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THE ITALIAN JOB The 1969 version of The Italian Job is a minor cult classic, which isn't the same thing as saying it's a particularly good movie. Still, it beats this new version, which retained the title but not much else. Instead of the offbeat casting of the original's Michael Caine, Noel Coward and Benny Hill, we now get the more conventional, Hollywood-glam teaming of Mark Wahlberg, Edward Norton and Charlize Theron, with Wahlberg cast as the leader of a high-tech criminal gang, Norton playing the member who betrays the team, and Theron as the daughter of Wahlberg's late mentor (Donald Sutherland), now seeking revenge against Norton for killing her dad. Beyond some good performances from the supporting players (Mos Def, Jason Statham, Seth Green), this ho-hum heist flick lacks color and flavor -- it's completely bereft of the attention to atmosphere, dialogue and characterization that distinguished another recent caper yarn, Neil Jordan's superior The Good Thief. The word is that the studio forced Norton to make this film against his will, as part of a studio contract he was obligated to honor; such a mandatory arrangement would certainly explain the actor's dull and detached performance. But here's the good news: Just because Norton was forced to make the film doesn't mean you're forced to watch it.
SPIDER Despite a title that suggests David Cronenberg might be back to his icky ways (this is, after all, the man who gave us a bloodsucking armpit in Rabid and exploding heads in Scanners), Spider actually turns out to be one of the most subtle pictures the Canadian filmmaker has ever made. Working from Patrick McGrath's novel, Cronenberg spins a psychological tale about a mentally disturbed man (Ralph Fiennes) who, having just been released from an insane asylum, sets up residence in a halfway house run by an unfeeling landlady (Lynn Redgrave). Immediately, he becomes lost in the tangled memories of his youth, agonizing over a past in which he witnessed his loutish father (Gabriel Byrne) neglecting his demure mother (Miranda Richardson) in order to pursue the town tart (also played by Richardson). There's a twist ending that's absurdly easy to figure out almost from the start, so it's best not to approach this as a conventional drama but rather as a knotty character study about a warped individual so traumatized by his inability as a youth to get a grip on his burgeoning sexuality (the Oedipal complex and Madonna/whore syndrome both come into play) that he's never able to reconcile his own tainted memories with the reality of his childhood. As the muttering, fidgety protagonist, Fiennes delivers an extraordinary performance that, above all else, is surprisingly sympathetic.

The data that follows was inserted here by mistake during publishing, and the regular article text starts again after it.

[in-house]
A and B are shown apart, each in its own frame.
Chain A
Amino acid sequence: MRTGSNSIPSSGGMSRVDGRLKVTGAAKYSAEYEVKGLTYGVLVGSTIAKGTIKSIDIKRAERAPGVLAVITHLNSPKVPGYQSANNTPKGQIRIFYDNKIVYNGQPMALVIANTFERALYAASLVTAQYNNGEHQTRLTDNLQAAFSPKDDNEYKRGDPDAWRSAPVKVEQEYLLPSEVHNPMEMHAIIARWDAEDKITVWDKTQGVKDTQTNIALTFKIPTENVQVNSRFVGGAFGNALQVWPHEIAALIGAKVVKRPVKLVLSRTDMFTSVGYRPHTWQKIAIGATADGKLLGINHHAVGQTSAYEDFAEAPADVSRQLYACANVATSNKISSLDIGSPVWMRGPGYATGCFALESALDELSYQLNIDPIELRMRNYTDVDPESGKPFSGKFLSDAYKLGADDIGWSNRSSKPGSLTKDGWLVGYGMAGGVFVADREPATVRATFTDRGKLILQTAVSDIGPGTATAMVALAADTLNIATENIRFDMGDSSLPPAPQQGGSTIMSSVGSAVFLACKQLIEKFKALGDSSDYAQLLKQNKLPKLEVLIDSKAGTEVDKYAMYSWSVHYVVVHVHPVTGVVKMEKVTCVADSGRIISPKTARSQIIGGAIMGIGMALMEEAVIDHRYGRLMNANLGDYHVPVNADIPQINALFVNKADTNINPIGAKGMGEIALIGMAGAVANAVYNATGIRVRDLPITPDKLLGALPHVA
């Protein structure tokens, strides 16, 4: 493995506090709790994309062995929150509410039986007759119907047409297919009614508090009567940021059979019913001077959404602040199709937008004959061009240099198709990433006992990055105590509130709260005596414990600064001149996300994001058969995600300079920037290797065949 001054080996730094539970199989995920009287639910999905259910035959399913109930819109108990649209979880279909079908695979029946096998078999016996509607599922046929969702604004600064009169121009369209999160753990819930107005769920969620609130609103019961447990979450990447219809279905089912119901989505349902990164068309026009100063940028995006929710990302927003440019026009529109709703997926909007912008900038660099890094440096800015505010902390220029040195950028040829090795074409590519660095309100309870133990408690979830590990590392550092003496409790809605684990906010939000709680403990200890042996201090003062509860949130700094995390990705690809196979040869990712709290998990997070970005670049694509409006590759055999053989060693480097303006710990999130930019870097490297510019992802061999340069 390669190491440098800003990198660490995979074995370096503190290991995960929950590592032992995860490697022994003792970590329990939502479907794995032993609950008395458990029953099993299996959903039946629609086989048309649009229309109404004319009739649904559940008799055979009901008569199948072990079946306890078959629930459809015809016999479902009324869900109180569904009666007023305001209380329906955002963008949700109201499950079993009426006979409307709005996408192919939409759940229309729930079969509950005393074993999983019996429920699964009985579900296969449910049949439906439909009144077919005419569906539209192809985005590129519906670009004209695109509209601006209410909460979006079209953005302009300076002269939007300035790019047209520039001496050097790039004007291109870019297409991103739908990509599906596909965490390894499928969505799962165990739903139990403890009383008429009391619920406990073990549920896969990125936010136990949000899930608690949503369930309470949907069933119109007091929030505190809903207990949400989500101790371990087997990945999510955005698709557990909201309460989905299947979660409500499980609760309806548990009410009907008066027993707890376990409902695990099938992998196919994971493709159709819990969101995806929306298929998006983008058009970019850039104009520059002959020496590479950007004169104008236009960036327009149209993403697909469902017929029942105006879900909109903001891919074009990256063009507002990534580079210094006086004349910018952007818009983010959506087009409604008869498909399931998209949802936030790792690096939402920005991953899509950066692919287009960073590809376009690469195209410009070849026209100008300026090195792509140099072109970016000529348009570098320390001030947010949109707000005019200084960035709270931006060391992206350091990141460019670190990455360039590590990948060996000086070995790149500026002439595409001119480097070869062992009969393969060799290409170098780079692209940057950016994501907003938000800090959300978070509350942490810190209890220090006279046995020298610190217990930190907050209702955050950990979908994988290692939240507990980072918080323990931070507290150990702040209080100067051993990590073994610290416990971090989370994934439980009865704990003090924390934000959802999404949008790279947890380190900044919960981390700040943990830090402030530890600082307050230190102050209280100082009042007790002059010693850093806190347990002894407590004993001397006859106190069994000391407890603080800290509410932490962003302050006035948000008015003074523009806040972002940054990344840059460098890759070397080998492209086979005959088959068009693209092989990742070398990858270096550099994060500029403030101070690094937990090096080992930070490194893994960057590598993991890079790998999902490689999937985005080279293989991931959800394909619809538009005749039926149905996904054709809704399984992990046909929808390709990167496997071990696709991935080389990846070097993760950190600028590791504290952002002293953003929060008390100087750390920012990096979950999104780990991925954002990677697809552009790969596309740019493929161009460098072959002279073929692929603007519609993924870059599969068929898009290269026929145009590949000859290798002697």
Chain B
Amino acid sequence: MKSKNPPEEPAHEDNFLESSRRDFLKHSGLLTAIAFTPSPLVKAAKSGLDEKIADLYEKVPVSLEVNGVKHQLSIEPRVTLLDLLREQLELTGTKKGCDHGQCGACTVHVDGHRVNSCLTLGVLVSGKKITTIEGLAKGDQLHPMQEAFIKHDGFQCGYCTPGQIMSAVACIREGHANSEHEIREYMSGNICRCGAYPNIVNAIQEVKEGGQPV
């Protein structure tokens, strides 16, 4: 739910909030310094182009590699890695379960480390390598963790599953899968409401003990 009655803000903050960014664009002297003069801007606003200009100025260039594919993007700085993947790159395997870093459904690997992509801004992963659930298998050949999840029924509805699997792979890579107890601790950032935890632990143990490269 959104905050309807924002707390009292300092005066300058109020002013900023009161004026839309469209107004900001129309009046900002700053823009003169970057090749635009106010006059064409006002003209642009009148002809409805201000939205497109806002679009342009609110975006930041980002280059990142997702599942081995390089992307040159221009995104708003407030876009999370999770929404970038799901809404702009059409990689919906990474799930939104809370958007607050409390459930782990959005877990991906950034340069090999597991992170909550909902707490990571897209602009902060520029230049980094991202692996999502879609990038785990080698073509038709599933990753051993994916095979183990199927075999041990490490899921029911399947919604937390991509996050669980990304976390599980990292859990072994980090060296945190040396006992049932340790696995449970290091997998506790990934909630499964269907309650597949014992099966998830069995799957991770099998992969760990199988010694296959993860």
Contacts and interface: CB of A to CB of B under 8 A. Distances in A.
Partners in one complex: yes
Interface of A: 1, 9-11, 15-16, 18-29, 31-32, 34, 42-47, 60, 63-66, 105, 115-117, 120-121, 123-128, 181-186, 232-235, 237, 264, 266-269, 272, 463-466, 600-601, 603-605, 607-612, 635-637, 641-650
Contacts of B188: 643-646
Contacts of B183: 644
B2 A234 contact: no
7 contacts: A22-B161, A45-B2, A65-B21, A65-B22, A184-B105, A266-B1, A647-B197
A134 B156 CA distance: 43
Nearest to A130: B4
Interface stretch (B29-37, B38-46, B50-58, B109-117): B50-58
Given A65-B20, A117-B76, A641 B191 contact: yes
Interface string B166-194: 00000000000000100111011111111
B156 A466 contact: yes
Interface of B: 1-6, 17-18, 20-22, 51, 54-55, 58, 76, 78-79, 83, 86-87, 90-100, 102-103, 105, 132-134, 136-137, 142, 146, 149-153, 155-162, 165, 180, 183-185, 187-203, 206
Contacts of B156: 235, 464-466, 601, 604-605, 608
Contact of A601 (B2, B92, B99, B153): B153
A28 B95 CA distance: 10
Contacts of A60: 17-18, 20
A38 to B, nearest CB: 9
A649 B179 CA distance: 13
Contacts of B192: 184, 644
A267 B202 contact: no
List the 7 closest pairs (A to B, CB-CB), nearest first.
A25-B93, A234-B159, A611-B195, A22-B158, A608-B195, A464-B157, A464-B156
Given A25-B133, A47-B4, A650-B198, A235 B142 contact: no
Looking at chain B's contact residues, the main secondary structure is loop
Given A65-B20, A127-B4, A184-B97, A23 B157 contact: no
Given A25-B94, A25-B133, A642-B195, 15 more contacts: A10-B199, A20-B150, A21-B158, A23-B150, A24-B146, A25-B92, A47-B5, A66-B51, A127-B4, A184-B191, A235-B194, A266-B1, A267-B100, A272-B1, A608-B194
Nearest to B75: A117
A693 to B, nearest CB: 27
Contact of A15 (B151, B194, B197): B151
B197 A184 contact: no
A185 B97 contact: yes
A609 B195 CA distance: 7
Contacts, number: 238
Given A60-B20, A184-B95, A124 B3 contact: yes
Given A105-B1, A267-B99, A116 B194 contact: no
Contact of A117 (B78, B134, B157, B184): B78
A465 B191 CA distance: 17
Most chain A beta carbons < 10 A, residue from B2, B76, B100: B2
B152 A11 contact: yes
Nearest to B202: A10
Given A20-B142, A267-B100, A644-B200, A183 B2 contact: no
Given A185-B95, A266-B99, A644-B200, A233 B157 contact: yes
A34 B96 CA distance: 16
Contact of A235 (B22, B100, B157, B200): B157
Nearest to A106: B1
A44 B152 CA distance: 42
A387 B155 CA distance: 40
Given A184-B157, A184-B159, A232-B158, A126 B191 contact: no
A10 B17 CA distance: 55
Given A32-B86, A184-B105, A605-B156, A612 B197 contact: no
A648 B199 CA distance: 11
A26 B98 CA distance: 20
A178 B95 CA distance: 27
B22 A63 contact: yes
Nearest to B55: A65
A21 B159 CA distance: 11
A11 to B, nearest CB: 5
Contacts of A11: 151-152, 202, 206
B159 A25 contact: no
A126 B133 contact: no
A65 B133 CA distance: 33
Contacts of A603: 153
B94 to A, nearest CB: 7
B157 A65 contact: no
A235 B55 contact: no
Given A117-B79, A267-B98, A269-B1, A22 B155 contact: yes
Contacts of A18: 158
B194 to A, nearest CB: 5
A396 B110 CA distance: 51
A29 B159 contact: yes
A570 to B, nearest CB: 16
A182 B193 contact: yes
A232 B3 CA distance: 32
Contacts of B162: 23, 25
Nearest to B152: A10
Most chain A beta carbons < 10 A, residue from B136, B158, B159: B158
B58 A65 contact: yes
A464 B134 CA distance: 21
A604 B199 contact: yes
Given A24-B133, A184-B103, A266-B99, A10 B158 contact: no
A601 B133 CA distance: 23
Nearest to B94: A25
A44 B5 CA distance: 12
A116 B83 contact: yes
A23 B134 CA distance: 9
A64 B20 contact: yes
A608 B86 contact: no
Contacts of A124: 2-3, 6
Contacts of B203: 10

2 FAST 2 FURIOUS Never rising much above the level of a mediocrity, the 2001 sleeper smash The Fast and the Furious at least had two things going for it: the magnetic presence of co-star Vin Diesel and plenty of spectacular stunt work involving car races, car chases and car crashes. But with Diesel deciding to commit himself to other projects (namely, follow-ups to Pitch Black and XXX), this sequel's appeal is immediately cut in half -- and it's reduced even more by the fact that the car sequences don't match the visceral impact of the first film's auto focus. Whereas 1 Fast 1 Furious centered on illegal street racing, part deux relies on that standard plotline known to B-movie aficionados worldwide: the efforts of an undercover cop to... yawn... infiltrate a crime kingpin's inner circle and expose his corrupt ways. Returning star Paul Walker remains as dull as ever, but he's no worse than his co-stars: the hammy Tyrese as his best friend and the wooden Eva Mendes as a fellow undercover operative who may have switched allegiances. Director John Singleton once earned an Oscar nod for Boyz N The Hood but has now been reduced to this drivel. Still, let's not be too hard on him -- after all, John Boorman made Exorcist II: The Heretic a few short years after Deliverance and still managed to work his way up again. 1/2